In late October, the Vatican announced that it has renewed a secretive deal with the People’s Republic of China (PRC) allowing Chinese Catholics to contribute to the selection of bishops. The agreement—mired in controversy since its initial signing in 2018—has been interpreted as a sign of warming relations between the communist country and the Holy See. This development has raised alarms in Taiwan, which counts the Vatican as one of its few remaining diplomatic allies. While the Taiwan-Holy See alliance brings few material benefits to either partner, its symbolic and moral importance have grown in recent years. As Taiwan faces an increasingly aggressive China, the possibility of losing its only diplomatic partner in Europe is again raising concerns in Taipei.
Over the past two decades, Taiwan has watched as China has systematically peeled away ally after ally. Once recognized as the sole representative of China, the Republic of China (ROC) has found itself increasingly marginalized diplomatically. Among its shrinking list of remaining allies, the Vatican is something of an outlier. While the rest of Europe switched its recognition to the PRC in the 1970s, the Holy See has remained steadfastly in Taiwan’s camp. The Vatican’s status as an outlier on this issue has only grown more pronounced in recent years, as Italy—which wholly surrounds the city-state—has emerged as one of China’s most reliable partners on the continent. In recent years, as the PRC has worked to establish its influence in Rome, the Vatican has increasingly found itself the target of political and diplomatic pressure from Beijing. In turn, this pressure is part of larger Chinese efforts to build ties with Southern Europe and further diminish Taiwan’s diplomatic space. Now, the renewal of the PRC-Vatican deal threatens to upset the idiosyncratic relationship between Taiwan and the Holy See, casting doubt on the durability of Taiwan’s last foothold in Europe. If the island democracy is to maintain its final bastion of support on the continent, it must be proactive diplomatically, strengthening its relations with the Holy See while demonstrating its credentials as a model of religious freedom.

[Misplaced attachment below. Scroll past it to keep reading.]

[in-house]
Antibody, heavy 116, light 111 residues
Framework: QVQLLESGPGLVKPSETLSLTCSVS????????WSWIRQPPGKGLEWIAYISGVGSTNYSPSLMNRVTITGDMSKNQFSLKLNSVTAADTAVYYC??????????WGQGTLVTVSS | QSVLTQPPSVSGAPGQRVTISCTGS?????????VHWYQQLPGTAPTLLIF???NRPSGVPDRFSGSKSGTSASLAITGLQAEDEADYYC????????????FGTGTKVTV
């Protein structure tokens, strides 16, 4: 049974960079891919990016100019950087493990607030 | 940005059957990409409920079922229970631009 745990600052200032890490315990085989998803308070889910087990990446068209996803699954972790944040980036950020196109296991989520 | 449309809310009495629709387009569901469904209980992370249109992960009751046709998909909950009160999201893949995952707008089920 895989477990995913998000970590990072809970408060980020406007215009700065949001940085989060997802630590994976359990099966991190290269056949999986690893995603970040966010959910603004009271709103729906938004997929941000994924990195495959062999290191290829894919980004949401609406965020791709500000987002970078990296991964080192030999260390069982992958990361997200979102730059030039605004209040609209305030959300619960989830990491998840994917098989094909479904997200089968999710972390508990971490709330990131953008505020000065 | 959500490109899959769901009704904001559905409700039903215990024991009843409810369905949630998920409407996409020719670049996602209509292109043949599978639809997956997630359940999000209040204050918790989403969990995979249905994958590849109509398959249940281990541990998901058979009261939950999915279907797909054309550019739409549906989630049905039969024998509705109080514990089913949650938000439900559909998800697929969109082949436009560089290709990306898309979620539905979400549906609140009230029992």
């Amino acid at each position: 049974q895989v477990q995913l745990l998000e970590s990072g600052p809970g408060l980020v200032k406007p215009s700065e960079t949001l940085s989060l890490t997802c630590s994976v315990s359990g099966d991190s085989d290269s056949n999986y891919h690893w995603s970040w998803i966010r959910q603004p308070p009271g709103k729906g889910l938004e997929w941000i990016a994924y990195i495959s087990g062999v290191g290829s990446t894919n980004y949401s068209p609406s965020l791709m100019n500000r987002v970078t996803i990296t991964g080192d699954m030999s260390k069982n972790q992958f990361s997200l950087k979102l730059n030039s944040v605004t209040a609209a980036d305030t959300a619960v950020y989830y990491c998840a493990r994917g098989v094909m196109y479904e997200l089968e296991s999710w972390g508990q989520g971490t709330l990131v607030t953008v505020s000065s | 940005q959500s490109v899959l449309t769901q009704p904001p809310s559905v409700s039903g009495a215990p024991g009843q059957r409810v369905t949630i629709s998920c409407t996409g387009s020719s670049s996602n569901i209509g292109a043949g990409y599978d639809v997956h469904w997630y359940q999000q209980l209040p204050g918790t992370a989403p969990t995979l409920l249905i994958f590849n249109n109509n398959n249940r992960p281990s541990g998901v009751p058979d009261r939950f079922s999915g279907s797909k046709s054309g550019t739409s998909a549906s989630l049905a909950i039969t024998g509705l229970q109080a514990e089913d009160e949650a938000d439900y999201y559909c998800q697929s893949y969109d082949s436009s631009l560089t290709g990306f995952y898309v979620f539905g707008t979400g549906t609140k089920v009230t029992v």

In many regards, Taiwan’s relationship with the Vatican is unique among the island democracy’s dwindling diplomatic relations. Since the establishment of formal diplomatic relations between the two in 1942, the association has weathered a wide array of ecclesiastical and diplomatic challenges, primarily imposed by the PRC.
Initially, the Vatican approached the ROC as it would any other normal diplomatic partner, establishing a mission and appointing a nuncio, or Papal diplomat, in 1942.  However, this state of affairs was thrown into disarray following the conclusion of the Chinese Civil War in 1949, when the ROC government relocated to Taiwan. The Holy See, despite its efforts to establish relations with the new, communist regime, soon found itself a target of suspicion by Mao Zedong (毛澤東) and his government. Unable to make in-roads in Beijing, the Vatican relocated its mission to Taipei in 1952, beginning decades of tension between the PRC and the Pope. 
Unlike Taipei’s other diplomatic partners, such as Nicaragua or the Marshall Islands, the Holy See’s recognition of Taiwan is not necessarily wholly motivated by moralistic rejections of Chinese authoritarianism or long-standing economic relations. Instead, it is primarily a function of the Vatican’s chilly relationship with the PRC. Unable to maintain an official embassy in Beijing due to Chinese distrust of religious institutions—particularly those originating in the West—the Vatican was effectively forced into continuing its relations with the ROC in Taiwan. In several regards, the Holy See’s modern relationship with Taiwan reflects this unorthodox arrangement, as the Papacy has continually demonstrated a reluctance to fully engage with its distant partner. Rather than appointing a nuncio to run its mission in Taipei, the Vatican has instead given its representative the lesser title of chargé d’affaires. Furthermore, the Holy See has steadfastly avoided sending high-level delegations to Taiwan, as no Pope has ever set foot on the island democracy.